Sarah Widener—Staff Writer
Clusters of anxious high school students filtered into the science and technology center Tuesday morning during a heavy rain. After signing in with Future Farmers of America (FFA), filling out name tags and forming teams of up to four students, students divided into four groups that rotated clockwise around the lower level labs to take four different tests. Students had been studying ever since they received their study materials weeks ago to prepare for this 40-question agronomy test.
Some student teams huddled together around samples whispering quietly and methodically recording observations, while other teams labeled their specimens haphazardly and loudly.
Students identified 10 insects, 10 field crops and 10 weeds, and completed a 10-part soil quiz. Teams had 15 minutes at each station, using word banks if they got stuck. Sixty students participated.
Results were graded, scores were tallied and the winners were announced. Winning teams received baseball hats and bragging rights. Afterwards, all the students trooped to the commons to spend some time getting to know each other before heading back to their respective high schools.
This is the third year Dordt has run this program. Dr. Jeremy Hummel started the FFA Crops and Soils Competition as a way to support high school agriculture programs and engage students. The first year, the program was purely educational and lecture based. This created a good program, but students lacked focus and interest. The second year, Hummel decided to fix the lack of student engagement by transforming the program into a competition. This new format turned out highly successful, with great student enthusiasm and participation. Hummel designed the test himself, but Ag club members and his fellow Ag professors assisted him by running stations.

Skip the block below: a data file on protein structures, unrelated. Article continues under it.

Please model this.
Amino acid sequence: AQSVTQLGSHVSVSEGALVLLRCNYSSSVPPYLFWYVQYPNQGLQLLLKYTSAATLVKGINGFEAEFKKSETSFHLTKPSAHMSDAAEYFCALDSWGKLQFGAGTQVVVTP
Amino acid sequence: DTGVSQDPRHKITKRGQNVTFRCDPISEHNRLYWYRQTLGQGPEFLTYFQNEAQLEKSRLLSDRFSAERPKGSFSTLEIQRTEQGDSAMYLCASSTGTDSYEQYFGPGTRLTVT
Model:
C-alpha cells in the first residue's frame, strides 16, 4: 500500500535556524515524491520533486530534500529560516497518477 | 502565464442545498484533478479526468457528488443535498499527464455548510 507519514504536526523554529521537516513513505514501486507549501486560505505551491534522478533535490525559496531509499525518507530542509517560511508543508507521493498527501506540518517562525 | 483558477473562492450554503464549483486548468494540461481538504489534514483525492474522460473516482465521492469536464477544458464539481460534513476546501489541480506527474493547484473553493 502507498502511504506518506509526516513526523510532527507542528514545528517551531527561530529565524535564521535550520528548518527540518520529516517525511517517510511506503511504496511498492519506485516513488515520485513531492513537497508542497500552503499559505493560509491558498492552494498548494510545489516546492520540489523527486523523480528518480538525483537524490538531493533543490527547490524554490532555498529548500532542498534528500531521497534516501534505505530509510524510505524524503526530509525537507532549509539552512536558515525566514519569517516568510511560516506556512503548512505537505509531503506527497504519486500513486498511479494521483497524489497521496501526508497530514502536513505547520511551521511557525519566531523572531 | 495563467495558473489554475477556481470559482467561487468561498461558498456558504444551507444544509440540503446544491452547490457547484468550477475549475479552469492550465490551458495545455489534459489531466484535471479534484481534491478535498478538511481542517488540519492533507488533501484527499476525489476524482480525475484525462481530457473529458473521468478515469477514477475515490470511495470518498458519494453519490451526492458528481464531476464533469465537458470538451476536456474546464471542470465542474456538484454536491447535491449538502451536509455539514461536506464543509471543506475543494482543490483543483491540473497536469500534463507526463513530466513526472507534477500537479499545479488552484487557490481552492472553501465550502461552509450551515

“We are trying to give resources and access to materials to teachers and students,” Hummel said. “The Crops and Soil Competition is a training session and imitates FFA competitions at a smaller scale under lower pressure. Students are able to get used to the testing environment and learn test time management skills.”
Teachers, FFA leaders and TA’s accompanied the students. Several students wandered the labs and scoped out the campus, full of curiosity. Over lunch, students and FFA teachers could be heard discussing their scores, the school’s environment and upcoming FFA competitions.
“It is an educational tool that helps us show students what they don’t know and fill in that knowledge gap,” Dordt Ag professor John Olthoff said. “It is a great help to the local teachers. They enjoy having our support.”
September 20th is national Agriculture teachers’ appreciation day, giving Dordt an excellent opportunity to show appreciation to the high school ag teachers inspiring students to enter that field. FFA teachers often work by themselves and face an uphill climb to gain student cooperation.
“We have 84 students in our Ag program,” said Dennis Banson, FFA teacher at Unity Christian. “Our goal for our ag program is to help students find their place in God’s Kingdom.”
Branson’s students did well in most tests, but struggled with soil ID. They were able to learn through the post-test review. “There were good explanation of each area after the contest,” Branson said.
Dordt plans to continue this program and other FFA programs in support of area teachers and future Ag students.